Handaxe typology and Lower Palaeolithic cultural development: ficrons, cleavers and two giant handaxes from Cuxton


Wenban-Smith, Francis (2004) Handaxe typology and Lower Palaeolithic cultural development: ficrons, cleavers and two giant handaxes from Cuxton. Lithics, 25, 11-21.

Download

[img]
Preview
PDF - Publishers print
Download (1851Kb)

Description/Abstract

One small test pit dug off Rochester Road, Cuxton in August 2005 produced over twenty handaxes, including two of exceptional size and quality. This volume in honour of RJ MacRae, properly known of course as Mac, provides the ideal opportunity to report briefly on the circumstances of their discovery and not only to indulge in their aesthetic qualities, but also to consider some of their wider implications. It is now clear that throughout the Lower Palaeolithic, there is a trend for handaxe shapes to become both more varied and increasingly recognisable as intentionally executed types. The Lower Palaeolithic is perhaps not, therefore, the period of stasis that is often suggested, but incorporates a trajectory of cultural, cognitive and behavioural development that is continued into, and through, the Middle Palaeolithic.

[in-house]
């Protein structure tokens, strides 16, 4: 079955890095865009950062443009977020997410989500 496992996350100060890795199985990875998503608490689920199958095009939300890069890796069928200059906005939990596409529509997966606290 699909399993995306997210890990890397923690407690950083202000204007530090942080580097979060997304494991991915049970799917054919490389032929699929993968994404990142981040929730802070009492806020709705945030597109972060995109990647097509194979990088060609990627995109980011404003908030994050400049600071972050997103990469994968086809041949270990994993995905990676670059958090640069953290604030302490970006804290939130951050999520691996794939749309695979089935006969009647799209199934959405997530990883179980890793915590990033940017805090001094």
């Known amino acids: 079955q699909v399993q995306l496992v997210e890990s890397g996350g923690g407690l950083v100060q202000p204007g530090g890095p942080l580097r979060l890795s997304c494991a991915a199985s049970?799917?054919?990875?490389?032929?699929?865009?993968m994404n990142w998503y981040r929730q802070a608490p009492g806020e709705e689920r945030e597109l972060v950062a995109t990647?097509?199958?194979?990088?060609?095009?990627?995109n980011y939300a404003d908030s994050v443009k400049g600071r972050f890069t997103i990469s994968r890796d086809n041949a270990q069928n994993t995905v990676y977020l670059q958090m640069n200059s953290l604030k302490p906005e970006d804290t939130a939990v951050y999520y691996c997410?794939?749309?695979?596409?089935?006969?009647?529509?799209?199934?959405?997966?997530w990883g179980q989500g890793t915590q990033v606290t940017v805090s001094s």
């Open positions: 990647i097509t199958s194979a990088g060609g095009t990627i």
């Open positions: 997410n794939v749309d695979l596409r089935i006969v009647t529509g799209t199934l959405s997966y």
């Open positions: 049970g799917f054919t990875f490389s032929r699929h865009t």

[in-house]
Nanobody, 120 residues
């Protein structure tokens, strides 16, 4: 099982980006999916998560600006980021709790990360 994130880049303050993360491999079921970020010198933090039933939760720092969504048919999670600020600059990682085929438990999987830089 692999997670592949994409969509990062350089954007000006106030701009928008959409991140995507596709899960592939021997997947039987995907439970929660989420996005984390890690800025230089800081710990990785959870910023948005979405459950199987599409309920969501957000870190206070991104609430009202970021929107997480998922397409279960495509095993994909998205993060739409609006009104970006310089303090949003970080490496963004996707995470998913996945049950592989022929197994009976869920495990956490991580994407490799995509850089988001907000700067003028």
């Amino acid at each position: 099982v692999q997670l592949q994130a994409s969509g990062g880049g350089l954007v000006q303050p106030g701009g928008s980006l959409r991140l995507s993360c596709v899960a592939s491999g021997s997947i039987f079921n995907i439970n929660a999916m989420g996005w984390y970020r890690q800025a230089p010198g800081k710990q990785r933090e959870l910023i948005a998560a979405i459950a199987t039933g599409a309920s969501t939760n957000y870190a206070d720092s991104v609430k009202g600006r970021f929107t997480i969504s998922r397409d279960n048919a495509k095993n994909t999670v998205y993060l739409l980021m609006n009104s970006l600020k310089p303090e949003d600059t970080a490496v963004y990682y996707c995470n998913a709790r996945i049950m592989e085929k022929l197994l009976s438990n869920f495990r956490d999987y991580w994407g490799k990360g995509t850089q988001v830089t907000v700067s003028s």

Item Type: Article
Additional Information: This work was funded by the Aggregates Levy as part of the Medway Valley Palaeolithic Project, which will be completed in 2007.
ISSNs: 0262-7817 (print)
Related URLs:
Keywords: lower palaeolithic, cuxton, handaxes, typology, ficrons, cleavers, macrae
Subjects: C Auxiliary Sciences of History > CC Archaeology
G Geography. Anthropology. Recreation > GN Anthropology
Q Science > QE Geology
Divisions: University Structure - Pre August 2011 > School of Humanities > Archaeology
ePrint ID: 41481
Date Deposited: 14 Sep 2006
Last Modified: 27 Mar 2014 18:26
URI: http://eprints.soton.ac.uk/id/eprint/41481

Actions (login required)

View Item View Item

Downloads from ePrints over the past year. Other digital versions may also be available to download e.g. from the publisher's website.

View more statistics